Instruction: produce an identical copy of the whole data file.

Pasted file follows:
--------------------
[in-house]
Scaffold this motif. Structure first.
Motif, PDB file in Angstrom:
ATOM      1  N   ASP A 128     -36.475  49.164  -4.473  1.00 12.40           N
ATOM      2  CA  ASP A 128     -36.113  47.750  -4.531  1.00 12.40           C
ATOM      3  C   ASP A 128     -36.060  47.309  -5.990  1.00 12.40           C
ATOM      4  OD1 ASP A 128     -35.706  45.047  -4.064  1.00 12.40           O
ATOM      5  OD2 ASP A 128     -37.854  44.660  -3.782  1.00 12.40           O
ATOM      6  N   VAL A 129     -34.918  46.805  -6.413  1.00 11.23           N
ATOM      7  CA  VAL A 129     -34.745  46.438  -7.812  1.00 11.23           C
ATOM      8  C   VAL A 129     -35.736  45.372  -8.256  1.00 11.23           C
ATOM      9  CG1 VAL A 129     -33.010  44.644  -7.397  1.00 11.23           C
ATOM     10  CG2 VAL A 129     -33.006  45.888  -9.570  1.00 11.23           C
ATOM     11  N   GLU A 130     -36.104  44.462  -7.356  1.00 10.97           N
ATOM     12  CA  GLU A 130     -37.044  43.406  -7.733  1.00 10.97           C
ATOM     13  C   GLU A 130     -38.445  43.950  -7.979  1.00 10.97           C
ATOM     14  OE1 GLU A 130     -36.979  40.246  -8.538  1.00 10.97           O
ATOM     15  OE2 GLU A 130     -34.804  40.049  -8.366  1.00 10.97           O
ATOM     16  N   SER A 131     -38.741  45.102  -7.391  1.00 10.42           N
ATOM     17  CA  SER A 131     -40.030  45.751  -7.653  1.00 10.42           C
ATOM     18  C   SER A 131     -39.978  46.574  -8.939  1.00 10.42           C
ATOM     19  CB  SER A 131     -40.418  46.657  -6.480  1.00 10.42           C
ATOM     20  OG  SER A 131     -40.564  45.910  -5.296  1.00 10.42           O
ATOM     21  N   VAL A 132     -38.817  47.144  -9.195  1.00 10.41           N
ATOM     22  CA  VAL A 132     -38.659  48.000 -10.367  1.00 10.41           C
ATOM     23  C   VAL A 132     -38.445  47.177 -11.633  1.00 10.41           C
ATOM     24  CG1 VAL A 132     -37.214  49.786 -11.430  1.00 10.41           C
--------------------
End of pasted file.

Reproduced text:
[in-house]
Scaffold this motif. Structure first.
Motif, PDB file in Angstrom:
ATOM      1  N   ASP A 128     -36.475  49.164  -4.473  1.00 12.40           N
ATOM      2  CA  ASP A 128     -36.113  47.750  -4.531  1.00 12.40           C
ATOM      3  C   ASP A 128     -36.060  47.309  -5.990  1.00 12.40           C
ATOM      4  OD1 ASP A 128     -35.706  45.047  -4.064  1.00 12.40           O
ATOM      5  OD2 ASP A 128     -37.854  44.660  -3.782  1.00 12.40           O
ATOM      6  N   VAL A 129     -34.918  46.805  -6.413  1.00 11.23           N
ATOM      7  CA  VAL A 129     -34.745  46.438  -7.812  1.00 11.23           C
ATOM      8  C   VAL A 129     -35.736  45.372  -8.256  1.00 11.23           C
ATOM      9  CG1 VAL A 129     -33.010  44.644  -7.397  1.00 11.23           C
ATOM     10  CG2 VAL A 129     -33.006  45.888  -9.570  1.00 11.23           C
ATOM     11  N   GLU A 130     -36.104  44.462  -7.356  1.00 10.97           N
ATOM     12  CA  GLU A 130     -37.044  43.406  -7.733  1.00 10.97           C
ATOM     13  C   GLU A 130     -38.445  43.950  -7.979  1.00 10.97           C
ATOM     14  OE1 GLU A 130     -36.979  40.246  -8.538  1.00 10.97           O
ATOM     15  OE2 GLU A 130     -34.804  40.049  -8.366  1.00 10.97           O
ATOM     16  N   SER A 131     -38.741  45.102  -7.391  1.00 10.42           N
ATOM     17  CA  SER A 131     -40.030  45.751  -7.653  1.00 10.42           C
ATOM     18  C   SER A 131     -39.978  46.574  -8.939  1.00 10.42           C
ATOM     19  CB  SER A 131     -40.418  46.657  -6.480  1.00 10.42           C
ATOM     20  OG  SER A 131     -40.564  45.910  -5.296  1.00 10.42           O
ATOM     21  N   VAL A 132     -38.817  47.144  -9.195  1.00 10.41           N
ATOM     22  CA  VAL A 132     -38.659  48.000 -10.367  1.00 10.41           C
ATOM     23  C   VAL A 132     -38.445  47.177 -11.633  1.00 10.41           C
ATOM     24  CG1 VAL A 132     -37.214  49.786 -11.430  1.00 10.41           C